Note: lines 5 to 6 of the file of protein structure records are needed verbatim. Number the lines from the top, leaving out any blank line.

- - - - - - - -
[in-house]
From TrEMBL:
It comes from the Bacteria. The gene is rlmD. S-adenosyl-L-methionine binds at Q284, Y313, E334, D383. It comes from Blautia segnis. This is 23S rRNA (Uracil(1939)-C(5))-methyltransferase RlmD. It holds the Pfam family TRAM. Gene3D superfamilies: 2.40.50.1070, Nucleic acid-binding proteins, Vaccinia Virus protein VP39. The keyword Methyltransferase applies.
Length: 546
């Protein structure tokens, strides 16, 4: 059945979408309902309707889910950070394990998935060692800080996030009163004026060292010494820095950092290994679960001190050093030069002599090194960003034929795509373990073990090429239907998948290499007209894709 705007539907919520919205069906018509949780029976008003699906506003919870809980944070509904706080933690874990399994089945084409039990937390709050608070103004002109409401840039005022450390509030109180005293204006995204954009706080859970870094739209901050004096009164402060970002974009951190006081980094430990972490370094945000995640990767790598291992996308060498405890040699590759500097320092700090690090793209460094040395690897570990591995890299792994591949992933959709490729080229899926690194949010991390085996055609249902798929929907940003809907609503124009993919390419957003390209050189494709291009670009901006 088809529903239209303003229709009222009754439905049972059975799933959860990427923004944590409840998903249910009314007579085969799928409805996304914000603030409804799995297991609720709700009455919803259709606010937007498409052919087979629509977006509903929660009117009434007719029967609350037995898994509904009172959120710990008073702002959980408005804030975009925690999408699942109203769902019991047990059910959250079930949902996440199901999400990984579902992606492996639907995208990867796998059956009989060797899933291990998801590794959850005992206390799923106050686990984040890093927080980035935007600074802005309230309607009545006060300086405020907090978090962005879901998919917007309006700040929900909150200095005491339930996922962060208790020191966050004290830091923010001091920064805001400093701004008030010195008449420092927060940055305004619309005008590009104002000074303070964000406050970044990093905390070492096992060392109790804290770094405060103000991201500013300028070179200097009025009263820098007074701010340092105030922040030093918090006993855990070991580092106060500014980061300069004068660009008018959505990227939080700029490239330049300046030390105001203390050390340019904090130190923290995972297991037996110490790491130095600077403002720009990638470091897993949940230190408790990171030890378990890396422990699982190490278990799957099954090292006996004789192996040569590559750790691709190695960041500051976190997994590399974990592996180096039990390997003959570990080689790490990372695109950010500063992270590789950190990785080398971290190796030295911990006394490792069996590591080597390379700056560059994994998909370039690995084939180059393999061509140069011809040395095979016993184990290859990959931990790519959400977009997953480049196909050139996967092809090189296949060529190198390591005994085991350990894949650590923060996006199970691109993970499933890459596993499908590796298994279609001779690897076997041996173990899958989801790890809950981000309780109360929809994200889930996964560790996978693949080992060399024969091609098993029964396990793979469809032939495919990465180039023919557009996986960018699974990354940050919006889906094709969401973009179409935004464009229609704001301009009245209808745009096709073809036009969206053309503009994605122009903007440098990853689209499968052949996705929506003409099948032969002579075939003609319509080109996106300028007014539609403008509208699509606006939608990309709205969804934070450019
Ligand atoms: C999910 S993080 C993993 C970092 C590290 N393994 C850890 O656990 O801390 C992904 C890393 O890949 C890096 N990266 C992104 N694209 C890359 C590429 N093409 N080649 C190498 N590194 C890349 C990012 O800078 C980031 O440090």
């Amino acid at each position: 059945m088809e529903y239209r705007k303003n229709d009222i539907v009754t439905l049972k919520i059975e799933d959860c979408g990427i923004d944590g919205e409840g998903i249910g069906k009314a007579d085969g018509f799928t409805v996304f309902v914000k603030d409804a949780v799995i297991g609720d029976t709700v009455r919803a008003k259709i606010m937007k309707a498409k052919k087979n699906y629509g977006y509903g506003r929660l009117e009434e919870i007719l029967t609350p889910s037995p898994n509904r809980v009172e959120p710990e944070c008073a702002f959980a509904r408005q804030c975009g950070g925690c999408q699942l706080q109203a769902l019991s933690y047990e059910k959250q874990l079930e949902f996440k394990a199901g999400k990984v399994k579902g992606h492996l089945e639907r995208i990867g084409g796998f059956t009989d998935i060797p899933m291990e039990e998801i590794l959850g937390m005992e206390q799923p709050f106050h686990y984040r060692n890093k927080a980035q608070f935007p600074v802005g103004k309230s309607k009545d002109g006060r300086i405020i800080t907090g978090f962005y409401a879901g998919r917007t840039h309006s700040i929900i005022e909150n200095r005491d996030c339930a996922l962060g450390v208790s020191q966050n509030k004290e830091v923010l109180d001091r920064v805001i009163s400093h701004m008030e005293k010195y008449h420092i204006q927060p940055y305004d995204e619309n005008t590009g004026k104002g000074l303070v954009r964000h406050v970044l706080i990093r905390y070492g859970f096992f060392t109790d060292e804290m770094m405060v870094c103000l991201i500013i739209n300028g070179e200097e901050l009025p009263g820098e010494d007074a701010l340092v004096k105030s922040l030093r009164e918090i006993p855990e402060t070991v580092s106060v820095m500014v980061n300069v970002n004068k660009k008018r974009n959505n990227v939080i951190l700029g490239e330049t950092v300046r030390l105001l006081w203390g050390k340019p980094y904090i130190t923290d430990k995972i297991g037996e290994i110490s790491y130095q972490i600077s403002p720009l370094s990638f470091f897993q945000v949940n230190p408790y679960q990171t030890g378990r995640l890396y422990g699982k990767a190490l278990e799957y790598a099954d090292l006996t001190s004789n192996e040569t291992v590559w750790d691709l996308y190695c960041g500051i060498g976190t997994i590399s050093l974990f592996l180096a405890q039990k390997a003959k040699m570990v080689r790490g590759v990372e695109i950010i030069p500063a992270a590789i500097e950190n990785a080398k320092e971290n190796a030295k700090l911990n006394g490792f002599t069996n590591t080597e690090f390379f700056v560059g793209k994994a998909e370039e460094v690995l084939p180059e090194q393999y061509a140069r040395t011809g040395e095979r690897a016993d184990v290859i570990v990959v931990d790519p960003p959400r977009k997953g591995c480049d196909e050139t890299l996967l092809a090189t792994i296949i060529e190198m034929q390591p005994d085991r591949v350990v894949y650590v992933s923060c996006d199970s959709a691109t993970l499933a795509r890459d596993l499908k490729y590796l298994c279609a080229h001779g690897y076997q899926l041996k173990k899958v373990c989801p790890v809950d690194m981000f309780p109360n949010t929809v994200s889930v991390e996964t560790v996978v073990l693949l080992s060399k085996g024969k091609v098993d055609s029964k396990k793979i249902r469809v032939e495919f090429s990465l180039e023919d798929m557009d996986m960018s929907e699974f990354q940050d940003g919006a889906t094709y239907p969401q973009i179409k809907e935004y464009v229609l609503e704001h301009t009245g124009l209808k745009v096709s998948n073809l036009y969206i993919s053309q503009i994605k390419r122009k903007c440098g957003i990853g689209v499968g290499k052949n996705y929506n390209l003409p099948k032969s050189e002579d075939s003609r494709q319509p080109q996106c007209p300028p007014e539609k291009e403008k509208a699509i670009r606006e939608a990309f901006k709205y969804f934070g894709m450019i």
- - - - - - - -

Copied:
């Protein structure tokens, strides 16, 4: 059945979408309902309707889910950070394990998935060692800080996030009163004026060292010494820095950092290994679960001190050093030069002599090194960003034929795509373990073990090429239907998948290499007209894709 705007539907919520919205069906018509949780029976008003699906506003919870809980944070509904706080933690874990399994089945084409039990937390709050608070103004002109409401840039005022450390509030109180005293204006995204954009706080859970870094739209901050004096009164402060970002974009951190006081980094430990972490370094945000995640990767790598291992996308060498405890040699590759500097320092700090690090793209460094040395690897570990591995890299792994591949992933959709490729080229899926690194949010991390085996055609249902798929929907940003809907609503124009993919390419957003390209050189494709291009670009901006 088809529903239209303003229709009222009754439905049972059975799933959860990427923004944590409840998903249910009314007579085969799928409805996304914000603030409804799995297991609720709700009455919803259709606010937007498409052919087979629509977006509903929660009117009434007719029967609350037995898994509904009172959120710990008073702002959980408005804030975009925690999408699942109203769902019991047990059910959250079930949902996440199901999400990984579902992606492996639907995208990867796998059956009989060797899933291990998801590794959850005992206390799923106050686990984040890093927080980035935007600074802005309230309607009545006060300086405020907090978090962005879901998919917007309006700040929900909150200095005491339930996922962060208790020191966050004290830091923010001091920064805001400093701004008030010195008449420092927060940055305004619309005008590009104002000074303070964000406050970044990093905390070492096992060392109790804290770094405060103000991201500013300028070179200097009025009263820098007074701010340092105030922040030093918090006993855990070991580092106060500014980061300069004068660009008018959505990227939080700029490239330049300046030390105001203390050390340019904090130190923290995972297991037996110490790491130095600077403002720009990638470091897993949940230190408790990171030890378990890396422990699982190490278990799957099954090292006996004789192996040569590559750790691709190695960041500051976190997994590399974990592996180096039990390997003959570990080689790490990372695109950010500063992270590789950190990785080398971290190796030295911990006394490792069996590591080597390379700056560059994994998909370039690995084939180059393999061509140069011809040395095979016993184990290859990959931990790519959400977009997953480049196909050139996967092809090189296949060529190198390591005994085991350990894949650590923060996006199970691109993970499933890459596993499908590796298994279609001779690897076997041996173990899958989801790890809950981000309780109360929809994200889930996964560790996978693949080992060399024969091609098993029964396990793979469809032939495919990465180039023919557009996986960018699974990354940050919006889906094709969401973009179409935004464009229609704001301009009245209808745009096709073809036009969206053309503009994605122009903007440098990853689209499968052949996705929506003409099948032969002579075939003609319509080109996106300028007014539609403008509208699509606006939608990309709205969804934070450019
Ligand atoms: C999910 S993080 C993993 C970092 C590290 N393994 C850890 O656990 O801390 C992904 C890393 O890949 C890096 N990266 C992104 N694209 C890359 C590429 N093409 N080649 C190498 N590194 C890349 C990012 O800078 C980031 O440090």